March 16, 2017

KOWALEWSKI | Sure, People Will Die, But at Least You Spite Obama

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For the past eight years, the single greatest unifying force in the Republican Party has been hatred of President Barack Obama. Translated into policy, that force manifested into universal opposition to the Affordable Care Act. Now, the Republican Party finds itself with control of the White House and both houses of Congress. With this perfect opportunity, they’ve finally presented their alternative “repeal and replace” health care plan. Spoiler alert: it’s a complete disaster.

 

What makes their proposal — alternatively  “Trumpcare,” “Ryancare” or “Republicare” — so horrifically bad? First, it repeals the individual health insurance mandate, a critical component to keep costs lower under the ACA. It replaces this with a bizarre requirement that people maintain continuous insurance coverage. Under the current bill, a lapse in coverage as short as two months will be punished by a 30 percent increase on insurance premiums. Unlike the current mandate, which is paid to the government, this massive penalty must be paid directly to insurance companies.

 

Not only is this penalty more onerous than the mandate, it’s also less effective. Since the penalty is only paid once you sign up for insurance again, it incentivizes people to remain without coverage. And getting covered, too, will be more difficult. The Republican proposal replaces insurance subsidies with tax-credits based on age, not income. Such a change will particularly harm lower-income and older Americans, making insurance unaffordable for many of them.

 

Republicans argue that they’ve retained the best parts of the ACA, including keeping people on their parents health insurance until the age of 26. Yet, what good does this rule do if your parents can no longer afford insurance? In addition, a provision that allows coverage for pre-existing conditions makes little economic sense in the broader structure of the bill and could potentially trigger a death-spiral of premium increases. The scant remaining positive aspects in this bill are a mostly nonsensical attempt to preserve popular ideas. Moreover, they are outweighed by the broader plan’s complete disregard for those with the greatest need for care.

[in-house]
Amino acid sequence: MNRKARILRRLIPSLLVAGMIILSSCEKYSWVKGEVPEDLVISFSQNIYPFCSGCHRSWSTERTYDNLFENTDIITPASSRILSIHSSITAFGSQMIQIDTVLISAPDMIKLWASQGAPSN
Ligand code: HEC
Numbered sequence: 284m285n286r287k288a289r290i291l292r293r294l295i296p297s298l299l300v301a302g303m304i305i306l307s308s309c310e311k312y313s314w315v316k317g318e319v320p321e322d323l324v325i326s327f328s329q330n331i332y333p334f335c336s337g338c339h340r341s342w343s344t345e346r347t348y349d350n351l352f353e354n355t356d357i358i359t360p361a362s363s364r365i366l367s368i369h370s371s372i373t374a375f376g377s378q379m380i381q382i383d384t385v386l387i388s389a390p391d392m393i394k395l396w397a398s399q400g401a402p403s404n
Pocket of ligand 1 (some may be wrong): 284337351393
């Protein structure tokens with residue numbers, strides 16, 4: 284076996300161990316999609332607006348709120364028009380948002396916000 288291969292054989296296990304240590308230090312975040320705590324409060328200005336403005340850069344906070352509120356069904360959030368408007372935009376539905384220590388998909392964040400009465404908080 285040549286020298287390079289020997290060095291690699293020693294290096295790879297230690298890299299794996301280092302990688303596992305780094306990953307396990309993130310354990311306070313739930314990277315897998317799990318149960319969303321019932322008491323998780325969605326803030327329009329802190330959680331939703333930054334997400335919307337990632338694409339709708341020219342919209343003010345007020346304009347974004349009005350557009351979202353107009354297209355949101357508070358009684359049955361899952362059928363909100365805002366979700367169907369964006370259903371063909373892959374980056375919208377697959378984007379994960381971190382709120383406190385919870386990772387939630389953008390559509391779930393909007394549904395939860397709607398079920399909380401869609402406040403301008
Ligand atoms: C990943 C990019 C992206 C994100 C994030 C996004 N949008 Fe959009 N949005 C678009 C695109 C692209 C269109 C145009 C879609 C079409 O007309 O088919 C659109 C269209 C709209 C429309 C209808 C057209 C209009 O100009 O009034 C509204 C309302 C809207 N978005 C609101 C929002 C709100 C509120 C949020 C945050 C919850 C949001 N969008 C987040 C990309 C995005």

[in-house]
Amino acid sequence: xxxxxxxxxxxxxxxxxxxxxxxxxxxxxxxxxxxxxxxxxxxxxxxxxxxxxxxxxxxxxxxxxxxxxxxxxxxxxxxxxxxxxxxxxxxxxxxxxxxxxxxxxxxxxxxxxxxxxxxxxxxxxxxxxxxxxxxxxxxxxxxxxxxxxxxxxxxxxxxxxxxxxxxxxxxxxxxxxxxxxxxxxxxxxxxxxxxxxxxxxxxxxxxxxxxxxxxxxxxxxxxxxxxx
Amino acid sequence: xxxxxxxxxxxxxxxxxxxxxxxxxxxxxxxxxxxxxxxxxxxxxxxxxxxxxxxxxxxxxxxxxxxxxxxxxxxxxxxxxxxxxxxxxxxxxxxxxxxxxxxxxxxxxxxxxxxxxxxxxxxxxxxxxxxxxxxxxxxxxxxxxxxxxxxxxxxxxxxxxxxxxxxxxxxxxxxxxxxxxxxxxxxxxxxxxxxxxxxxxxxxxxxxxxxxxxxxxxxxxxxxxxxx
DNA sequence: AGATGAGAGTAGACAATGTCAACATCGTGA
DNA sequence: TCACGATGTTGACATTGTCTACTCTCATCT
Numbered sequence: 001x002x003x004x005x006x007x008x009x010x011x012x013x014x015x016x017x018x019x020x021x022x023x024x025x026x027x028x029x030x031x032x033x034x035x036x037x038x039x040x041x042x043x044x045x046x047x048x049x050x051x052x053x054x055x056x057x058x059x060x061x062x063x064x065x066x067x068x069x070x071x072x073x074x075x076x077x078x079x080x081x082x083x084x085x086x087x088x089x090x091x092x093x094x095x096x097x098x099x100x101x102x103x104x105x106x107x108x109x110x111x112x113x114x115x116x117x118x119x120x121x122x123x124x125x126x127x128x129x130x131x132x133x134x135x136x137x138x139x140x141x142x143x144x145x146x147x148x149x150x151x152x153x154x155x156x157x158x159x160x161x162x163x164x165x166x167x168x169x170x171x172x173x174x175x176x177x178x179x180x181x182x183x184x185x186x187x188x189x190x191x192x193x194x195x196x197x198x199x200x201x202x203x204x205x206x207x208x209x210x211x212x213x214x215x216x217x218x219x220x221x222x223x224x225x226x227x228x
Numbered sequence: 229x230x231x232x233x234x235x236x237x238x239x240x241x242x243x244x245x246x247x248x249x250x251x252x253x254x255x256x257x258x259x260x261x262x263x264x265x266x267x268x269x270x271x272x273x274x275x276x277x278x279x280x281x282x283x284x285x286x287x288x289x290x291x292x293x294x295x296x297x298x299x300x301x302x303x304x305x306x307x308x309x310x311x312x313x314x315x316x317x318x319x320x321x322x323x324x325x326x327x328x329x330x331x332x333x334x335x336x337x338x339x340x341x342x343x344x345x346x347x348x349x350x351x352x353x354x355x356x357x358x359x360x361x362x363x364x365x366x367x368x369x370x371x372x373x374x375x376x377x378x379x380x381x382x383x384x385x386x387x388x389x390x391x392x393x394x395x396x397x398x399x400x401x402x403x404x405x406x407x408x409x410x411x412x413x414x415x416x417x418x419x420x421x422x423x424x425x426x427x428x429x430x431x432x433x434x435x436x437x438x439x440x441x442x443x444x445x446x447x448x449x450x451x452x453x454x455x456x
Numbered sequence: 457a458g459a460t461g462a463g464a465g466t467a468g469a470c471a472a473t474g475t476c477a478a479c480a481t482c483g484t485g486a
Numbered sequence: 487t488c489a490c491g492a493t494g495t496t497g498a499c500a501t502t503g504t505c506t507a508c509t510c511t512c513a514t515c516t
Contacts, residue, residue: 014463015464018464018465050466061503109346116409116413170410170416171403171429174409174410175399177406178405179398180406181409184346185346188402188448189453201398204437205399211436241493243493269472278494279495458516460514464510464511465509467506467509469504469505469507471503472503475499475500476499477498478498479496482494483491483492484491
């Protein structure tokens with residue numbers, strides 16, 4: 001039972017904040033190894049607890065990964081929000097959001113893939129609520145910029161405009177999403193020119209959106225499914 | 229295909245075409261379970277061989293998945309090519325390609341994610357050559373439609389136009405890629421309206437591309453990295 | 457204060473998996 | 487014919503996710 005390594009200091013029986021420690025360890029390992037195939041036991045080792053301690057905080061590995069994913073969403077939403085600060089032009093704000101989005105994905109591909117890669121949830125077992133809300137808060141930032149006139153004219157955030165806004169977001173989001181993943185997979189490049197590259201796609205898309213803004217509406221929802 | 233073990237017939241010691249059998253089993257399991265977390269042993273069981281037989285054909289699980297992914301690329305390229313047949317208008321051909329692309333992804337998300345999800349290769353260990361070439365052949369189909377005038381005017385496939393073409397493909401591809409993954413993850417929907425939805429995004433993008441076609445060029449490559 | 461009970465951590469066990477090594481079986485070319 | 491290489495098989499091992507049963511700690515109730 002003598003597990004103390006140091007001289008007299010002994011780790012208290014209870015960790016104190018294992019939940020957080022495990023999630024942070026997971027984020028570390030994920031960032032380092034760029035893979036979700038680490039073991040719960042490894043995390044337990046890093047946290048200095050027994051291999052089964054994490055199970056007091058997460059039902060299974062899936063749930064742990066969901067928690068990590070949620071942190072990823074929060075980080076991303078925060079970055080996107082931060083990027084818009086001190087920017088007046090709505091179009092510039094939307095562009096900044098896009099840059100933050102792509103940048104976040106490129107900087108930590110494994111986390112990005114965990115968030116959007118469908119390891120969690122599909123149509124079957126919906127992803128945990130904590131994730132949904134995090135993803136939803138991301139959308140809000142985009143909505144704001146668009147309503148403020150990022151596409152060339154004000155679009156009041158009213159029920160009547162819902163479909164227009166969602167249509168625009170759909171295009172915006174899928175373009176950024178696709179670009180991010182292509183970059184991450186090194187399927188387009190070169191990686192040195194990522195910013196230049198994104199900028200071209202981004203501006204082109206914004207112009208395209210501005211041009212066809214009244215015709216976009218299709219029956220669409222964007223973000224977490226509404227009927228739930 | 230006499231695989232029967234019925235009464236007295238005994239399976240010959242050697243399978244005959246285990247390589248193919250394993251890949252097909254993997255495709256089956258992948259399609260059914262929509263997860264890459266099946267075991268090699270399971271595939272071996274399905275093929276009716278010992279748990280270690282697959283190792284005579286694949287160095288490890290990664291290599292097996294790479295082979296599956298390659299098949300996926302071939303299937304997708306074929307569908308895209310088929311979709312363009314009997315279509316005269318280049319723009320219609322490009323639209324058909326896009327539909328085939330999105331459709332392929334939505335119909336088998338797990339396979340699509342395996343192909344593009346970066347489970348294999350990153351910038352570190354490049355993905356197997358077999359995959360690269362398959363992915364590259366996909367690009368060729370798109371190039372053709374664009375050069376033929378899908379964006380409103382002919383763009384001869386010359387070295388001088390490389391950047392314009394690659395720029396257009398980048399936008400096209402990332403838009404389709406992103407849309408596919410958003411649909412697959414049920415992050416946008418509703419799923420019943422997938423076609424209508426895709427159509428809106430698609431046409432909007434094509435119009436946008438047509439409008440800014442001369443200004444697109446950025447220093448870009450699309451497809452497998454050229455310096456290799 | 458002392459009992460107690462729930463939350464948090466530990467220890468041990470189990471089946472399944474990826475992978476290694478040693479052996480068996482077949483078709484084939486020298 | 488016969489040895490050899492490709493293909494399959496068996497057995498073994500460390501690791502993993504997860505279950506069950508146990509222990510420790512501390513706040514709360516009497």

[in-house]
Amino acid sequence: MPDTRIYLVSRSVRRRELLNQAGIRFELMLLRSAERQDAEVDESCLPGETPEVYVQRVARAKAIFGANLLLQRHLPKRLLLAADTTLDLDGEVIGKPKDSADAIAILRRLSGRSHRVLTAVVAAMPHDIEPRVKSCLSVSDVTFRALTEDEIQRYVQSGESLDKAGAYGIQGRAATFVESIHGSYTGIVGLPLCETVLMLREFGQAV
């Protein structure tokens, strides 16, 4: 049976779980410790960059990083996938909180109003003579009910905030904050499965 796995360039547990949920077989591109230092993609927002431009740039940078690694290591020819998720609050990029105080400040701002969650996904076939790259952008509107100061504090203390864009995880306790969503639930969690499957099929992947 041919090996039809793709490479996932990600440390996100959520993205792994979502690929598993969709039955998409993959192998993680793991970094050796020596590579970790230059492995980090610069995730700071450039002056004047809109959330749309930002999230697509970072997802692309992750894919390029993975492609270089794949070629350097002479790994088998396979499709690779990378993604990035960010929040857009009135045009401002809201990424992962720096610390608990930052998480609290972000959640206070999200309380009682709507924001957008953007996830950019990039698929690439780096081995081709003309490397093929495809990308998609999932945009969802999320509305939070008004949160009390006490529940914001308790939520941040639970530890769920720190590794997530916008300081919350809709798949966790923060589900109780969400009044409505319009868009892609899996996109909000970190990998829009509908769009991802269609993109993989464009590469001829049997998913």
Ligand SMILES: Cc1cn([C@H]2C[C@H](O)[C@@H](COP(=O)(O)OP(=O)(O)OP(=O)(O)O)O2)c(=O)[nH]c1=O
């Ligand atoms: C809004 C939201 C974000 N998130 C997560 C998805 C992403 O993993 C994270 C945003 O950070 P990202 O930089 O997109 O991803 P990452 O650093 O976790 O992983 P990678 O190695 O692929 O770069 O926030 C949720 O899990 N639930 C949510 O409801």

Remember that one of the most successful aspects of the ACA was its expansion of Medicaid eligibility. The Republican plan would strangle the funding for this increased enrollment, leaving the most vulnerable members of society with nowhere to turn. They argue that this Medicaid expansion is too expensive, but their proposal also cuts taxes for the rich by hundreds of billions of dollars. It’s a reverse-Robin Hood redistribution from the very poorest to the very richest.

 

Those are the basic policy changes. The impact? According to the nonpartisan Congressional Budget Office, the Republican health care plan will result in 24 million fewer people having health insurance within the next seven years, and 14 million fewer by 2018.  Immediately, President Trump and Speaker Ryan claimed that this projection is ridiculous and inaccurate. However, if anything, these numbers are overly kind. A source from within the notoriously leaky Trump administration revealed that their internal projections of the plan show that an even higher number, 26 million, would not have insurance by 2024.